|Munitions workers by Lyndon Dadswell|
There are examples of work on show from a number of prisoners of war who turned their hand to creative arts. For example, an embroidered blanket worked by Corporal Cliff Gatenby, who was captured on Crete.
|Corporal Cliff Gatenby's embroidered blanket|
The work below was painted at Stalag VIII-B, a German prisoner of war camp where Sergeant Arthur Nichol was captured and imprisoned.
|Fight by Sergeant Arthur Nichol (1914-1965)|
|Taking Old Vickers position, Bobdubi Ridge, 28 July 1945 by Ivor Hele|
|Ballet of Wind and Rain by Colin Colahan|
The unusual title of the work refers both to the choreography of the figures and the theatricality of the composition. The idea that a ballet was created through the colour, movement and atmospheric effects of the scene as it presented itself to the eye, recalled the use of musical terms such as 'symphony', 'arrangement' and 'harmony' in the titles of a number of paintings by Whistler. Clearly Colahan was more interested in capturing the human drama posed by this wartime subject, than in painting major military events.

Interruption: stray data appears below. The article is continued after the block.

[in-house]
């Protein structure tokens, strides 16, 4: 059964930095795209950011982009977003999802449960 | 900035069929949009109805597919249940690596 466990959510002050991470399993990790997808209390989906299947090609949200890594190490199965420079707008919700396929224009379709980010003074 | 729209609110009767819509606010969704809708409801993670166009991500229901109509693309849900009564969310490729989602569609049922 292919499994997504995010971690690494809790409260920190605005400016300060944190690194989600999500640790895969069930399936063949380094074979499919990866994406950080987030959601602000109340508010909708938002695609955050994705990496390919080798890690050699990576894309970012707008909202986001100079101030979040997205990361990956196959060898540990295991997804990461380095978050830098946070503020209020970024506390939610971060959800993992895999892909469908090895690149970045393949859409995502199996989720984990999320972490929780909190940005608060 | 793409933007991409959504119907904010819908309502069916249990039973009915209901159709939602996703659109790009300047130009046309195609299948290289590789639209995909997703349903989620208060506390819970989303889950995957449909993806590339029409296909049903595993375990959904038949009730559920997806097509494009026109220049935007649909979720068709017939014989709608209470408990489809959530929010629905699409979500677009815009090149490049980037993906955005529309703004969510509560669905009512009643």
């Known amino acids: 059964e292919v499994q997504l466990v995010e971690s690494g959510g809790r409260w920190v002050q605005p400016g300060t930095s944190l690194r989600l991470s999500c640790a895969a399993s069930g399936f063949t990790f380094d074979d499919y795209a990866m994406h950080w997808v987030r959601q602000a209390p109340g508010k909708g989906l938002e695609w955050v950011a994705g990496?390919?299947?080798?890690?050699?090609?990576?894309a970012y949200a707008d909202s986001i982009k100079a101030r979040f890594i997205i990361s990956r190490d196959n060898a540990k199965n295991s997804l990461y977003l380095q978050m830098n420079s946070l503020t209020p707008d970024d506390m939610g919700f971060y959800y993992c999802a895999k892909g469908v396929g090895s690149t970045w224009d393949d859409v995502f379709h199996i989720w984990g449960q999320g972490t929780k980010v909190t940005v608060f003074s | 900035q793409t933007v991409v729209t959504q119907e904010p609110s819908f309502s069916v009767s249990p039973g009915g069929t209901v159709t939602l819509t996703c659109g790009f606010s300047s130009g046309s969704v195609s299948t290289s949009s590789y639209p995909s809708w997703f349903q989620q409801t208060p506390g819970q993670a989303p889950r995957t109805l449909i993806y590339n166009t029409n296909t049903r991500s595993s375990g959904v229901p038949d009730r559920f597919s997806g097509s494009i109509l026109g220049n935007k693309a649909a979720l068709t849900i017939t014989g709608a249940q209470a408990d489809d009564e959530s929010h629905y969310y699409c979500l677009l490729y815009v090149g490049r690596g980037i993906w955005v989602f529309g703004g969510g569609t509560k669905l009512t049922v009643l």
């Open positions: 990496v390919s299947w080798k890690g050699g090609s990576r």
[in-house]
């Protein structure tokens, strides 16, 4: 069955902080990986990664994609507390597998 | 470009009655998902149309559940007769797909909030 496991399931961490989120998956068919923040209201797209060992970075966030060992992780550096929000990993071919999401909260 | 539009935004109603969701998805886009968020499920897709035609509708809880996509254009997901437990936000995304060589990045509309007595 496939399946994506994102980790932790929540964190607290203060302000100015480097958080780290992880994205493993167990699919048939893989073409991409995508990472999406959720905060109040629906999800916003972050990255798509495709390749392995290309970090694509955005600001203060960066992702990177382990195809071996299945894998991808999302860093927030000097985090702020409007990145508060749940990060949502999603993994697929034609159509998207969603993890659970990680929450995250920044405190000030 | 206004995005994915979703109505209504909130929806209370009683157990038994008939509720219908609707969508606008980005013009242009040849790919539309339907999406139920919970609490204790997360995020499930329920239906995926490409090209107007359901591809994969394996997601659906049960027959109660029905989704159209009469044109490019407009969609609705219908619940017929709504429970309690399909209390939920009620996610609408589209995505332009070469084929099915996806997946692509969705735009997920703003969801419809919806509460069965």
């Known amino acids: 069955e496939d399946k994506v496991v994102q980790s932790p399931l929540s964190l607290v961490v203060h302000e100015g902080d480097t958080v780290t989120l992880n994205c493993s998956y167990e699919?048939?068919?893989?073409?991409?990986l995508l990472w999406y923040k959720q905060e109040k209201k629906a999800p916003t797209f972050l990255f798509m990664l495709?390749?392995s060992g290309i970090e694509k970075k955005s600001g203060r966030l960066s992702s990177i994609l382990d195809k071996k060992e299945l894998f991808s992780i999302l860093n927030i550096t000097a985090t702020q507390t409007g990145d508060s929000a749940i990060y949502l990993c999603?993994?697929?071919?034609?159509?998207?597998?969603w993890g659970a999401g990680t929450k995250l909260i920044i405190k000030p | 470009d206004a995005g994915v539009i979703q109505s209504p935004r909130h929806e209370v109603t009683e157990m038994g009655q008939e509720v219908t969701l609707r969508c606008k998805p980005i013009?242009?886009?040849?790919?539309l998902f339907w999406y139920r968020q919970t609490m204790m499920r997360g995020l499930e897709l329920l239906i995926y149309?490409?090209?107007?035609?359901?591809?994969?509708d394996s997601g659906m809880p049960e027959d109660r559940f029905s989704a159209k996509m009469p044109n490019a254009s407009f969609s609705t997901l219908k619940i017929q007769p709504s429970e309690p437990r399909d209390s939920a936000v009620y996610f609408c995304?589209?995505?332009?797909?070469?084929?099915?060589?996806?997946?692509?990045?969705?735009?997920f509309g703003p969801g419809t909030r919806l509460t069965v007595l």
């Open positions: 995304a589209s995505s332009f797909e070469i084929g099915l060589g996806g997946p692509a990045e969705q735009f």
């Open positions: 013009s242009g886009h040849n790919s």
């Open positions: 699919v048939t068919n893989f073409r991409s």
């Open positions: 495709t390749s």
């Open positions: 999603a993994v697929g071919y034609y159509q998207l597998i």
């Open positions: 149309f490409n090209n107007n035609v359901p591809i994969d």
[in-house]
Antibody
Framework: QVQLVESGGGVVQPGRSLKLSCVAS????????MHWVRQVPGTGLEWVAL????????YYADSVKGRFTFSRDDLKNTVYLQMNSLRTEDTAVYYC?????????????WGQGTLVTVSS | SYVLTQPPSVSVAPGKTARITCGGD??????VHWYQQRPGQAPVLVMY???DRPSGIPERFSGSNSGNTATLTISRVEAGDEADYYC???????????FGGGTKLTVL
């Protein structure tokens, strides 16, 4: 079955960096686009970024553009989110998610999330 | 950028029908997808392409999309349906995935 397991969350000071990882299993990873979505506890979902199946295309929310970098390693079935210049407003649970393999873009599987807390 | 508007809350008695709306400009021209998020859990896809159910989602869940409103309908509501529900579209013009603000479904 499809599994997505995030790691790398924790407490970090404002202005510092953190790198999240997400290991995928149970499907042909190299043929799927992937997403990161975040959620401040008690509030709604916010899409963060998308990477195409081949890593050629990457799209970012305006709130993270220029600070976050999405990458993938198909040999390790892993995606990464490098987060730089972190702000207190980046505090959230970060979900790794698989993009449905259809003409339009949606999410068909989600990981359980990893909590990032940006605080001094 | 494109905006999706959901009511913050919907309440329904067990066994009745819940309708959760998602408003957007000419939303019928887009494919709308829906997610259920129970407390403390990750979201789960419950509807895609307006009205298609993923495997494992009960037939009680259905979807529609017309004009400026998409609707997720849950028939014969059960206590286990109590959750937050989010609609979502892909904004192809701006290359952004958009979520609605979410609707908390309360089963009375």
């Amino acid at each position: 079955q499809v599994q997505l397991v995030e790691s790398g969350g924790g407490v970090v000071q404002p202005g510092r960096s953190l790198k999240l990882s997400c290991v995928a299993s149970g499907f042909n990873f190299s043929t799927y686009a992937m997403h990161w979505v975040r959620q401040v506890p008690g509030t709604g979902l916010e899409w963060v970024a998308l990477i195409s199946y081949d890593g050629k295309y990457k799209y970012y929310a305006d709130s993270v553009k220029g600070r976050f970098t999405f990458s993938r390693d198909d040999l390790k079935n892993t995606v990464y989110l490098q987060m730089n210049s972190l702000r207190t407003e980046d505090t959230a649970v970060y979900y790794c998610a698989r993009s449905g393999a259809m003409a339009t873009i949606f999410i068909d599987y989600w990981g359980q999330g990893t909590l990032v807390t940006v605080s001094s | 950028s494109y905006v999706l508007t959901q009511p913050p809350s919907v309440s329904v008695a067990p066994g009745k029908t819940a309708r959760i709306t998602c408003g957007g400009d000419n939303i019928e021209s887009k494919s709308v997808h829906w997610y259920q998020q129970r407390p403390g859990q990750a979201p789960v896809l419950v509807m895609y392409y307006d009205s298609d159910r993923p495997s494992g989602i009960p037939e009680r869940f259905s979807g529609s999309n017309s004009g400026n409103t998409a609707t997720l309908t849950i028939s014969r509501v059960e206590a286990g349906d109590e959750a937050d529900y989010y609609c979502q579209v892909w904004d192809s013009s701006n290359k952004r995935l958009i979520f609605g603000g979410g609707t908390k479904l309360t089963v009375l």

|Soldier by Russell Drysdale|
I am particularly interested in the female official war artists and the subject matter they recorded. They attempted to present Australia at war as a nation including people from different genders and backgrounds, bestowing importance onto otherwise ordinary sitters.
|WAAAF Cook (Corporal Joan Whipp) by Nora Heysen|
Whereas the drawing probably captures what Heysen remembers of her character - 'she was such a jolly person and she got on very well with the men and she was such a good cook' - on the painting she is depicted as serious and even formidable. Heysen had previously ben censured for not making her war art stern enough.
|Morning after night shift by Dore Hawthorne|
A friend of hers, Nancy Hall, wrote, 'Dore felt the ugliness of materialism and pollution as keenly as she felt everything that was fine and beautiful, and much of her painting and writing was a great cry of protest.'
|No. 1 projectile shop (Commonwealth Ordnance Factory, Maribyrnong) by Sybil Craig|
With the escalation of the war and much of the male workforce away fighting, women replaced men in the factories. As process workers they were trained for specific operations that were often dangerous and onerous. The war affected everyone, and it's good to see this fully represented.